The following year the 36-year old worked as the DH for the Rangers and hit .300 for his new team, but his stay in Texas was brief. The Mets signed Rusty as a free agent in 1981 and he spent the final five years of his career as a valuable and effective pinch-hitter, while earning over $300,000 each season. In his second stay with the Mets, Rusty led the NL in pinch-hits three times, and resumed his love affair with The Big Apple and fans of the team. He became the second player in baseball history to hit a home run before the age of 20 and after 40 (the first was Ty Cobb). He hit his final homer against his old team the Expos, a pinch-hit go-ahead three-run blast at Shea Stadium.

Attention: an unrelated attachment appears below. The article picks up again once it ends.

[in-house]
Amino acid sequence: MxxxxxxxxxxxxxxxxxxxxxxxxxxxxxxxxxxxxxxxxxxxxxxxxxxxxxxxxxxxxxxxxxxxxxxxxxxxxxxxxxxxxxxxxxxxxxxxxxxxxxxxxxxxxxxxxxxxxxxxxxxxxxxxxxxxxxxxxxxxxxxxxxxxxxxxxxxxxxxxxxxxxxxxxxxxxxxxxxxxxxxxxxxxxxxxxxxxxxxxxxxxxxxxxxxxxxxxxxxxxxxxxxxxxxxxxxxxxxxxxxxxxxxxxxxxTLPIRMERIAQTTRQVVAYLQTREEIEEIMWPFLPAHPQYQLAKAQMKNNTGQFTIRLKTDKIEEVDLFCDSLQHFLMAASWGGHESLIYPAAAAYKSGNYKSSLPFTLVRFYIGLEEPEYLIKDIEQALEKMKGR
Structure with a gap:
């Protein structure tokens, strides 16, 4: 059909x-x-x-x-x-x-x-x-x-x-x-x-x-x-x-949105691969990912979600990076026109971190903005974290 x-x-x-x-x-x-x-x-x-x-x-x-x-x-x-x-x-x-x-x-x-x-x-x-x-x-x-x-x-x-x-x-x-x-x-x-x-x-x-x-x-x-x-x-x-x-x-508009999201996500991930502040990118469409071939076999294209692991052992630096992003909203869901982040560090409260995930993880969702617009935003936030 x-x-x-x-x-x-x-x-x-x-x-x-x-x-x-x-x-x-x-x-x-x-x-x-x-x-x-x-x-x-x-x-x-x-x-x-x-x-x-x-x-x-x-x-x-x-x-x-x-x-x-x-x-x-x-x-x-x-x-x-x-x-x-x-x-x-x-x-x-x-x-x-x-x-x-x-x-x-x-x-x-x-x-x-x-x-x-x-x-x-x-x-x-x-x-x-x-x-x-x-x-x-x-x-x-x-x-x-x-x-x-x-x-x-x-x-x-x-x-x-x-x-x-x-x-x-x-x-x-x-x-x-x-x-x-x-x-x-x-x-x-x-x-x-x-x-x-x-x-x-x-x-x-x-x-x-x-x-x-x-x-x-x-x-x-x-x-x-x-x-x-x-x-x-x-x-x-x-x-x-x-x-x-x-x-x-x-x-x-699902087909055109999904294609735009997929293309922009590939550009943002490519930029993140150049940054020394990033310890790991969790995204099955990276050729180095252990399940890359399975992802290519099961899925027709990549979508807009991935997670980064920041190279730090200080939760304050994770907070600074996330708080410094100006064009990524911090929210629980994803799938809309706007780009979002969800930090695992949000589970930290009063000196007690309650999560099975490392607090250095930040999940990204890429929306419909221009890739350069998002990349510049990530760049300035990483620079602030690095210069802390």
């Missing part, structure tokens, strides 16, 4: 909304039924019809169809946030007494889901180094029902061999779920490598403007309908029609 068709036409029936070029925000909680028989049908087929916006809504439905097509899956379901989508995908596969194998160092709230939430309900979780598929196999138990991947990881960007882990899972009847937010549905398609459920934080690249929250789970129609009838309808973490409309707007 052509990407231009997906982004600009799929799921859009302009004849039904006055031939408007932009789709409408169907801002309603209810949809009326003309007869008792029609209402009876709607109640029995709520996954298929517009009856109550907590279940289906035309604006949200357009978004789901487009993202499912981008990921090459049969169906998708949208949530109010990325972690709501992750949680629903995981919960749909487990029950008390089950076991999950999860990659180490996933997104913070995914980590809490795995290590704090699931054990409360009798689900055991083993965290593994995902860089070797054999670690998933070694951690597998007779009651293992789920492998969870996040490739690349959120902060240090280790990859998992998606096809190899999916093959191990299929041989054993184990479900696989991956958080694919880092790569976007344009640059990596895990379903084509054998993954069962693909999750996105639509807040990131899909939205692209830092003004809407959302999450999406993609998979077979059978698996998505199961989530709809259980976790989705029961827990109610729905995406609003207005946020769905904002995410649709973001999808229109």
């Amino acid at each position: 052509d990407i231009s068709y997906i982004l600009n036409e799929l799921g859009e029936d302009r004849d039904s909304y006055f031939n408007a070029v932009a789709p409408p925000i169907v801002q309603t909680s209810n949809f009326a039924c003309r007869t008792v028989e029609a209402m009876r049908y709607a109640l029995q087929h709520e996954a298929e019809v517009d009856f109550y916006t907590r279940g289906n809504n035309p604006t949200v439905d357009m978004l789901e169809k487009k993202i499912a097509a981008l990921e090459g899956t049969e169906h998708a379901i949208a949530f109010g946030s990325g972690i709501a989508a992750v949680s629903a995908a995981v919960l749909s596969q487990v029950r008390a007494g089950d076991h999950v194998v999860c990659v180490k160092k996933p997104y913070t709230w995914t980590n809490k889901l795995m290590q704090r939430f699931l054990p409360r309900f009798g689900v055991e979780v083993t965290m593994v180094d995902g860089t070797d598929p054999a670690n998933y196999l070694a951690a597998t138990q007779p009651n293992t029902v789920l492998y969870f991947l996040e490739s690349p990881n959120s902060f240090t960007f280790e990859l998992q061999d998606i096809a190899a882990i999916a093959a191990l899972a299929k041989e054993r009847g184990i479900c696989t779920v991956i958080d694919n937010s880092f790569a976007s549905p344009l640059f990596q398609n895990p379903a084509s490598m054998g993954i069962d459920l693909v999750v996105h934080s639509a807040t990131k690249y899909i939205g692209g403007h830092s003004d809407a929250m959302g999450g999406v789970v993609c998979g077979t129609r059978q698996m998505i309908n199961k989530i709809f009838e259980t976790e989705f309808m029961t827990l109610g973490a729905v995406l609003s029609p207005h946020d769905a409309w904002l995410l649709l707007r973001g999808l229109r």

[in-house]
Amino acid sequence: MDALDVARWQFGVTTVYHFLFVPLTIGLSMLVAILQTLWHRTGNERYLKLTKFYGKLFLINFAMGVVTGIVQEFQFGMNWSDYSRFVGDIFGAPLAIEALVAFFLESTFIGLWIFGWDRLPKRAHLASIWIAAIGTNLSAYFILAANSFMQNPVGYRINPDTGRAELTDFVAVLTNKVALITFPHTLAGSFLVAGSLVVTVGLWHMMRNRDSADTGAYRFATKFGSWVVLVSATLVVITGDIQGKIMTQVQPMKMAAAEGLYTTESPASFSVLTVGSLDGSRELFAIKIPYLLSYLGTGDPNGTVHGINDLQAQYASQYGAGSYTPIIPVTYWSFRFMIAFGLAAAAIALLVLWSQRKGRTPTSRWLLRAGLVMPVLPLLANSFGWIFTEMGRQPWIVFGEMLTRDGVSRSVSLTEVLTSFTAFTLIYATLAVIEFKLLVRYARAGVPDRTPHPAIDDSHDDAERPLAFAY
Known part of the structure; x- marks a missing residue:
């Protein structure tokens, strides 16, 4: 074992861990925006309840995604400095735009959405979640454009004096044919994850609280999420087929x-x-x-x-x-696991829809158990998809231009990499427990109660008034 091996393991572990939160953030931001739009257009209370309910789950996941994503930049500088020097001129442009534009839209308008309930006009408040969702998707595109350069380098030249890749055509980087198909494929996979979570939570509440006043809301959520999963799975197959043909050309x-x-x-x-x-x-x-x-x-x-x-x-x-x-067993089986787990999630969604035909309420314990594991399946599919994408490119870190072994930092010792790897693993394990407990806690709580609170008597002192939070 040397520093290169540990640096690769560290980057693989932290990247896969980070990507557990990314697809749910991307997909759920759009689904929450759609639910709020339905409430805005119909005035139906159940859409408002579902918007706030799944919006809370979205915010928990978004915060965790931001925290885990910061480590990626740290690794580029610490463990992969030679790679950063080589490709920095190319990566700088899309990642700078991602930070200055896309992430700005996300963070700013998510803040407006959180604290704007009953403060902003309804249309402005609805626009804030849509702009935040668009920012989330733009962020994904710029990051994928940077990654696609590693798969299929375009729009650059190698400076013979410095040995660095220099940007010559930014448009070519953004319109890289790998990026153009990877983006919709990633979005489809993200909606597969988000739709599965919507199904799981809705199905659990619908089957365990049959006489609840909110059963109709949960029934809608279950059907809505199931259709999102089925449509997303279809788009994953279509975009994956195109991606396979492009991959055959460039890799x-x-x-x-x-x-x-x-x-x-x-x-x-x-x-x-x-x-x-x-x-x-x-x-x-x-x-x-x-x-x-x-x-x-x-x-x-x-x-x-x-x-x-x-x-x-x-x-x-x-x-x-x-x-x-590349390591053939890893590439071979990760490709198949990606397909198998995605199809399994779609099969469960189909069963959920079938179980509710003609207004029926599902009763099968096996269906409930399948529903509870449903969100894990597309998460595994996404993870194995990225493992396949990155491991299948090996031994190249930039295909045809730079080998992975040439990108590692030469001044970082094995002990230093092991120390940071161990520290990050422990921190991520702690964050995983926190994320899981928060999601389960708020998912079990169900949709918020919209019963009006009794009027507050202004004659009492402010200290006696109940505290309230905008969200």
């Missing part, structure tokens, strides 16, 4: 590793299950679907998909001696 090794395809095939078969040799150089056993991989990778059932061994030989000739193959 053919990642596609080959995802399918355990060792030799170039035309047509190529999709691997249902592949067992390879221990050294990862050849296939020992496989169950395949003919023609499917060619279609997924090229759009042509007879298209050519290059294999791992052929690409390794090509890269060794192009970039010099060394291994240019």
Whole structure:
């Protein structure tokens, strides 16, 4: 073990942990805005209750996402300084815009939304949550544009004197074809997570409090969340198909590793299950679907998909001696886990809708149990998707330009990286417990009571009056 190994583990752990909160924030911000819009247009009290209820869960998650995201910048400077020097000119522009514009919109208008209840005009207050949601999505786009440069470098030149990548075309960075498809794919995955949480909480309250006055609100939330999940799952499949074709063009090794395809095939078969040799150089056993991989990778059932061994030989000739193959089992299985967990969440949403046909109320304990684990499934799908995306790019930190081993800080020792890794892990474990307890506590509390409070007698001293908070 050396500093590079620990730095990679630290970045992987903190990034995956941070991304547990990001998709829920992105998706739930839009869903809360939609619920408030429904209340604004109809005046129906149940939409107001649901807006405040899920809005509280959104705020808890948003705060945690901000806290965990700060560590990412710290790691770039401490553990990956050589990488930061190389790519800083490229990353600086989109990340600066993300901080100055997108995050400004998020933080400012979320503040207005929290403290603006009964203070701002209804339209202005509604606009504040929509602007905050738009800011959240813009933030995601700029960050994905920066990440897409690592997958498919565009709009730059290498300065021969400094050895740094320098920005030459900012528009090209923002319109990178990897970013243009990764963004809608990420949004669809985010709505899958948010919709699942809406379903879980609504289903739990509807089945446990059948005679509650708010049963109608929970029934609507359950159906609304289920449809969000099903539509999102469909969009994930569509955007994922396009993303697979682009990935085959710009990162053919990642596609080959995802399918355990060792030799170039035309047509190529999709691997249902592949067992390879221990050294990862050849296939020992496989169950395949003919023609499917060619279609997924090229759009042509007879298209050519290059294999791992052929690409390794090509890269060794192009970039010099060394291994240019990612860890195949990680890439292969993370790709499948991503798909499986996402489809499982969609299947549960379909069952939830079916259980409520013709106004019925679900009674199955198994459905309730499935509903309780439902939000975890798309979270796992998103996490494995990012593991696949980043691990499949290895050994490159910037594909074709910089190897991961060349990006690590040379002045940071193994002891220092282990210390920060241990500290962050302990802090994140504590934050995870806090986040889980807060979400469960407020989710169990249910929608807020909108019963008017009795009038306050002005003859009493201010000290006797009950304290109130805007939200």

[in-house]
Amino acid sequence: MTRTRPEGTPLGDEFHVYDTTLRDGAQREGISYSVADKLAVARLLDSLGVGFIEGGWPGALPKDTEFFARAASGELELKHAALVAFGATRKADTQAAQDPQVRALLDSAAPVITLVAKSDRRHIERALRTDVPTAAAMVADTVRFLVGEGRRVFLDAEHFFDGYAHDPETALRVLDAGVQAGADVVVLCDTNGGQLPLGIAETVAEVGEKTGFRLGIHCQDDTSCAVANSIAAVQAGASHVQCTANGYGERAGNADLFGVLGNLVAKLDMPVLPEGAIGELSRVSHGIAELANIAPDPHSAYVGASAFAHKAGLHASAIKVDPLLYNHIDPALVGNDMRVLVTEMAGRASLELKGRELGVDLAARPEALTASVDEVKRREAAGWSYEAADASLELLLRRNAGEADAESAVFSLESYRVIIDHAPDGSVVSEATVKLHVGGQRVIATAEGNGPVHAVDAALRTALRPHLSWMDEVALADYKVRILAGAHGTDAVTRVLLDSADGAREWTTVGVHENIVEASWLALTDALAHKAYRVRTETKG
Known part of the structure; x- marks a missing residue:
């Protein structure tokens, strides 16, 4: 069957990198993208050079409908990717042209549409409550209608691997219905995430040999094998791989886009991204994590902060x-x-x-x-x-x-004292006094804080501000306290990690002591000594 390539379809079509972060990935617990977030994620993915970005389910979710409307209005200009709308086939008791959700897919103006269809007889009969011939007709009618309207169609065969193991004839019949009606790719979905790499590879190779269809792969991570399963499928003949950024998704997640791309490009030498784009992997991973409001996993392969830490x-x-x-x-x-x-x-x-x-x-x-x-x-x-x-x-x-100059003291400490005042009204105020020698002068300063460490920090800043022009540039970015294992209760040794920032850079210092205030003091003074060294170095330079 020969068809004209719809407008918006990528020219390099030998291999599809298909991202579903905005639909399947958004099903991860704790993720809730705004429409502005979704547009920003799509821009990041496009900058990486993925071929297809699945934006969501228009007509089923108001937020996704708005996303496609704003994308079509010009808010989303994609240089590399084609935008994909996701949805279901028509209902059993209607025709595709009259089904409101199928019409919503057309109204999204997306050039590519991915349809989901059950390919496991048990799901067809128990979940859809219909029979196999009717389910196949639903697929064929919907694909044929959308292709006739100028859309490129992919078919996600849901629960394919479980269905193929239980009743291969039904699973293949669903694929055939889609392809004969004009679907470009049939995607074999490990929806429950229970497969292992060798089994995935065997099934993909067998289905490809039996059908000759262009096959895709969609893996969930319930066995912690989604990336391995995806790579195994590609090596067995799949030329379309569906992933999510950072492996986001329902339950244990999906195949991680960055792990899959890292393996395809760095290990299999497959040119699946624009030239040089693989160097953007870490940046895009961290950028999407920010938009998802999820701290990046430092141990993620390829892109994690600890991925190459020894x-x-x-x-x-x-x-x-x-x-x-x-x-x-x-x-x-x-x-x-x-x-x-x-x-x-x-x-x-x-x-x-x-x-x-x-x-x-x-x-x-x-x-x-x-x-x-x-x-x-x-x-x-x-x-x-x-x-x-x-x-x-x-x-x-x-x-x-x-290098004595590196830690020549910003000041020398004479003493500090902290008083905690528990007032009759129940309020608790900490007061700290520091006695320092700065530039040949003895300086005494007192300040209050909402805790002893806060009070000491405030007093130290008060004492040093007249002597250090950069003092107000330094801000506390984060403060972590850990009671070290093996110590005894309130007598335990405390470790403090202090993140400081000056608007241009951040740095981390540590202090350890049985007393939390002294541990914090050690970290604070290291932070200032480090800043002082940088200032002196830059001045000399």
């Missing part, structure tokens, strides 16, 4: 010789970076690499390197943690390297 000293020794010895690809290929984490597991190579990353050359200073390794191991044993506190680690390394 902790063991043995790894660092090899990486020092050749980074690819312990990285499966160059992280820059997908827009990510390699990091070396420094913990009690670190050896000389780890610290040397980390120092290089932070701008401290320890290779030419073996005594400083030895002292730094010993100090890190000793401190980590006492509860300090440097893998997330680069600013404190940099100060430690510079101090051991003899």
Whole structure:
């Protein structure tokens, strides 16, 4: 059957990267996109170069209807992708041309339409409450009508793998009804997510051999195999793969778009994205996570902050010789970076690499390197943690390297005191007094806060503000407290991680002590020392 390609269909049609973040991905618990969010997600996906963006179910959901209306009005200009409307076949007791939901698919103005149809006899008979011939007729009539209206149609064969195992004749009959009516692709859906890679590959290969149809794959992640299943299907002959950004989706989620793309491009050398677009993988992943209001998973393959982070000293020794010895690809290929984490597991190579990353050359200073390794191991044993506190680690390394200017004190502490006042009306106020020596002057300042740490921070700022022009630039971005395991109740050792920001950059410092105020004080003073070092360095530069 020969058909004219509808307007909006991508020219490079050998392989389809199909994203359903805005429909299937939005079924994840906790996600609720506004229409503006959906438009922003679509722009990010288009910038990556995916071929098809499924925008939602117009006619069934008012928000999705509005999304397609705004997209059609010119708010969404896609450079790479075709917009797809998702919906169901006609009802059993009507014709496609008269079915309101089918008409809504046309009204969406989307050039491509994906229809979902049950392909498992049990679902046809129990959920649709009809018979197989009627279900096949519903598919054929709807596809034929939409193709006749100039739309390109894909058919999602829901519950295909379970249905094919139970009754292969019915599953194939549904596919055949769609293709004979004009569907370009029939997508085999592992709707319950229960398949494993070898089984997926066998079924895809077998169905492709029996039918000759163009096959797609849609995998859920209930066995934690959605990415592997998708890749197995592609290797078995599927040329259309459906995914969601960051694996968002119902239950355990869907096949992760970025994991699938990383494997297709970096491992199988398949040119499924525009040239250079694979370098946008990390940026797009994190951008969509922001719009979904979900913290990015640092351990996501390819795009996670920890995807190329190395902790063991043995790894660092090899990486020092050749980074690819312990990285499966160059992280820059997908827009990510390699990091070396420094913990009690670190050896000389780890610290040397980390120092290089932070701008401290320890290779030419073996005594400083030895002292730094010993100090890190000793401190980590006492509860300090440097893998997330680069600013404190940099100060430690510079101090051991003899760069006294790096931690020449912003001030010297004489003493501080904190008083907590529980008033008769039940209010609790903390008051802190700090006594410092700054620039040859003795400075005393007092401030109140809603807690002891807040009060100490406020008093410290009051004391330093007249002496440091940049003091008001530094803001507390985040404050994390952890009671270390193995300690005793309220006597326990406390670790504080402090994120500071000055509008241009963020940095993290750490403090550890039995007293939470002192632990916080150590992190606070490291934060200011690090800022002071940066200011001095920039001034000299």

By the time he was a pinch-hitter extraordinare for the Mets, Staub owned a restaurant in Manhattan called Rusty’s Place. He later opened a second. Always a food lover, especially creole and Cajun dishes, Staub never tired of exploring new cuisine or wine. One of his nicknames as a player was “The Galloping Gourmet.”

Staub continued to stay involved in baseball, lending his experience to the MLB Players Union, as well as being involved in the MLB Players Alumni Association, which gave money to help former players in need. He remained in New York for years, still operating his restaurants. He established charities to provide aid to first responders. If there was a New York City policeman or fireman in need, Rusty would find a way to assist them.

Staub was a friend of Jane Forbes Clark, the chairman of the National Baseball Hall of Fame and Museum, and he frequently traveled to Cooperstown for Hall of Fame Weekend and other events. He was always gracious with reporters and fans. He was known for his fastidious style of dress and bright red hair.